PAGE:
If I have an extra tot of rum.”

Names of men were scrawled everywhere on the wall, from roof to floor.
Why have some men this desire to scrawl their names on every white
surface they see, I often wonder? One of my mates, who wondered as I
did, finally found expression in verse, which glared forth accusingly
from the midst of the riot of names in the room:

“A man’s ambition must be small
Who writes his name upon this wall,
And well he does deserve his pay
A measly, mucky bob a day.”

The woman never seemed to mind this scribbling on the wall; in Les
Brebis they have to put up with worse than this. The house of which
I speak is the nearest inhabited one to the firing line. Half the
houses in the street are blown down, and every ruin has its tragedy.
The natives are gradually getting thinned out by the weapons of war.
The people refuse to quit their homes. This woman has a sister in
Nouex-les-Mines, a town five kilometres further away from the firing
line, but she refused to go there. “The people of Nouex-les-Mines are
no good,” she told us. “I would not be where they are. Nobody can trust

The history of Les Brebis must, if written, be written in blood. The
washerwoman who washed our shirts could tell stories of adventure that
would eclipse tales of romance as the sun eclipses a brazier. Honesty
and fortitude are the predominant traits of the Frenchwoman.

Once I gave the washerwoman my cardigan jacket to wash, and immediately
afterwards we were ordered off to the trenches. When we left the
firing line we went back to Nouex-les-Mines. A month passed before the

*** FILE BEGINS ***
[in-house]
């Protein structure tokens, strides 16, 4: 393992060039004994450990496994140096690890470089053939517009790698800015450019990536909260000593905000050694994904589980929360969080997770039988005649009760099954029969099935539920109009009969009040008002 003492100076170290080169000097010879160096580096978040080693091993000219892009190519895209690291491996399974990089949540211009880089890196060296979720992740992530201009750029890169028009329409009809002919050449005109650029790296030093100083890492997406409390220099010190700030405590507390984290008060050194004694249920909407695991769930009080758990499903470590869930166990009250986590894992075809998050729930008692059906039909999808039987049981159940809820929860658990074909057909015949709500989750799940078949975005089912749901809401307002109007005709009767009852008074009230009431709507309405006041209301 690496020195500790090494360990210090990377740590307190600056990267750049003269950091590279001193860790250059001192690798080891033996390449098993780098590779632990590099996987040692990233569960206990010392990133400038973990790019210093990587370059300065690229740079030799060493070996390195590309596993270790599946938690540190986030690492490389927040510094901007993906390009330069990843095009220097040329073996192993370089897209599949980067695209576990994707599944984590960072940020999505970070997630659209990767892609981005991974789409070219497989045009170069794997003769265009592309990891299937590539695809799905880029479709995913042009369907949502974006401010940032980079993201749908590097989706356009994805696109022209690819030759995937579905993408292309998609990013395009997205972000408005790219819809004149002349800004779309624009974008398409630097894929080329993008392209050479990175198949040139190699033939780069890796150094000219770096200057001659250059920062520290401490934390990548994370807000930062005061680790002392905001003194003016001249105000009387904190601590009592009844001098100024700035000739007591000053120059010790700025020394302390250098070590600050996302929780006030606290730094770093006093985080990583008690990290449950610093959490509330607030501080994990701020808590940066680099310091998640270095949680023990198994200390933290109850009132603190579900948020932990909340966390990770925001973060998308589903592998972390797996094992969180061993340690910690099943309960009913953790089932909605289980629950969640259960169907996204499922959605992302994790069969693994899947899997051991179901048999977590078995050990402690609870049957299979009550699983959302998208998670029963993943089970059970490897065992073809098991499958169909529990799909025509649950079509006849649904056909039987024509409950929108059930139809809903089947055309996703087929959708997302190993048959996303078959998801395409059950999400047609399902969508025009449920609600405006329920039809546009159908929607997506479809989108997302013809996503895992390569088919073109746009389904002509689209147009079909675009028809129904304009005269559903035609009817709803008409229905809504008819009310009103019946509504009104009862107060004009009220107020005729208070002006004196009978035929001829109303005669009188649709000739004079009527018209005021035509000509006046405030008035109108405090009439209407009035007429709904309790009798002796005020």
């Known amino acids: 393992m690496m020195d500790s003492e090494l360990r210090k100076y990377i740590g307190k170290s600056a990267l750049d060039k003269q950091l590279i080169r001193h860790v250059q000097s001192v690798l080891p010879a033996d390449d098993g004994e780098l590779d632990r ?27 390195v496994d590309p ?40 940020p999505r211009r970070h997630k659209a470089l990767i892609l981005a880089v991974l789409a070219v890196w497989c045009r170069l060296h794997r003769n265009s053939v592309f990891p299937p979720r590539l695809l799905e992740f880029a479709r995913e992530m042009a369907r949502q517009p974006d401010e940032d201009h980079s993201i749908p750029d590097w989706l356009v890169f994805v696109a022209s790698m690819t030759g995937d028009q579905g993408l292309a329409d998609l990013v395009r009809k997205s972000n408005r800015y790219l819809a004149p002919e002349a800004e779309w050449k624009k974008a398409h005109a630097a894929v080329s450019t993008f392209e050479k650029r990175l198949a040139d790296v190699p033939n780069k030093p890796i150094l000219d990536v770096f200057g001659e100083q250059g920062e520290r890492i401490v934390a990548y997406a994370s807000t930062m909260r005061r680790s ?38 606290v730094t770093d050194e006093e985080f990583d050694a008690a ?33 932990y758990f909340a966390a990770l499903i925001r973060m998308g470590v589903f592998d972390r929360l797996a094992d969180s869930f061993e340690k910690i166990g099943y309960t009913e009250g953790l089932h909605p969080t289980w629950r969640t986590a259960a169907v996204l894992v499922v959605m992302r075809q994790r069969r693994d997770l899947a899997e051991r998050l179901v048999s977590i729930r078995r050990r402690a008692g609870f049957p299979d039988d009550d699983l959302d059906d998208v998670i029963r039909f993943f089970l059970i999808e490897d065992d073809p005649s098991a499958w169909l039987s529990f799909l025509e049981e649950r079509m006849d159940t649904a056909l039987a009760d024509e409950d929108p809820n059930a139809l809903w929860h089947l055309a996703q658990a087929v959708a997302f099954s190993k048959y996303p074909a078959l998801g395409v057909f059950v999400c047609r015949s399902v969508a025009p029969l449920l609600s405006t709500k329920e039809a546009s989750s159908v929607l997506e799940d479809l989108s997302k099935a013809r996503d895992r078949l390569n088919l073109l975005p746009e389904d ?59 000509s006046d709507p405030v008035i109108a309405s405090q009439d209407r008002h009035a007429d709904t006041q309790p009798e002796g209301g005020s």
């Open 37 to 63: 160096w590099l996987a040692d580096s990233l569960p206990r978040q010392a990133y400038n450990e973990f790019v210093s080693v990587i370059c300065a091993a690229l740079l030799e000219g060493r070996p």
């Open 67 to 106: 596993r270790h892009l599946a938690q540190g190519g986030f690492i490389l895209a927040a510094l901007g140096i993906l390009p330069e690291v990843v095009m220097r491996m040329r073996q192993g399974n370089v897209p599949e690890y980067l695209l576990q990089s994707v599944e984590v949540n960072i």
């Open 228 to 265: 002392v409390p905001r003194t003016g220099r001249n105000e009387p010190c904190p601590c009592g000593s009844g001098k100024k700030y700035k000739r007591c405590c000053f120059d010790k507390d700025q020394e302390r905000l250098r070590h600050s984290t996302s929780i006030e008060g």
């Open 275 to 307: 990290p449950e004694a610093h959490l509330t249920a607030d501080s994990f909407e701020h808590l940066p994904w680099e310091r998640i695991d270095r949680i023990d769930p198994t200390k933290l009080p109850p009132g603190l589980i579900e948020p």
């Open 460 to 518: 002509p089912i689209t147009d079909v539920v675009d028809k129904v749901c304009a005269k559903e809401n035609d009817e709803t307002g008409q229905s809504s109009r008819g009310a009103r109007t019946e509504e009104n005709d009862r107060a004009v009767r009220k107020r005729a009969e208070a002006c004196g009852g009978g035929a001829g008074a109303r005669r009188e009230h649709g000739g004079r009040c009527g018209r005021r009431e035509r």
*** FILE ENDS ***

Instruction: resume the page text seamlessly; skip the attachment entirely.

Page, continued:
regiment got to Les Brebis again. The washerwoman called at my billet
and brought back the cardigan jacket, also a franc piece which she had
found in the pocket. On the day following the woman was washing her
baby at a pump in the street and a shell blew her head off. Pieces
of the child were picked up a hundred yards away. The washerwoman’s
second husband (she had been married twice) was away at the war; all
that remained in the household now was a daughter whom Pryor, with his
nicknaming craze, dubbed “Mercédès.”

But here in Les Brebis, amidst death and desolation, wont and use held
their sway. The cataclysm of a continent had not changed the ways
and manners of the villagers, they took things phlegmatically, with
fatalistic calm. The children played in the gutters of the streets,
lovers met beneath the stars and told the story of ancient passion, the
miser hoarded his money, the preacher spoke to his Sunday congregation,
and the plate was handed round for the worshippers’ sous, men and
women died natural deaths, children were born, females chattered at
the street pumps and circulated rumours about their neighbours…. All
this when wagons of shells passed through the streets all day and big
guns travelled up nearer the lines every night. Never had Les Brebis
known such traffic. Horses, limbers and guns, guns, limbers and horses
going and coming from dawn to dusk and from dusk to dawn. From their
emplacements in every spinney and every hollow in the fields the guns
spoke earnestly and continuously. Never had guns voiced such a threat
before. They were everywhere; could there be room for another in all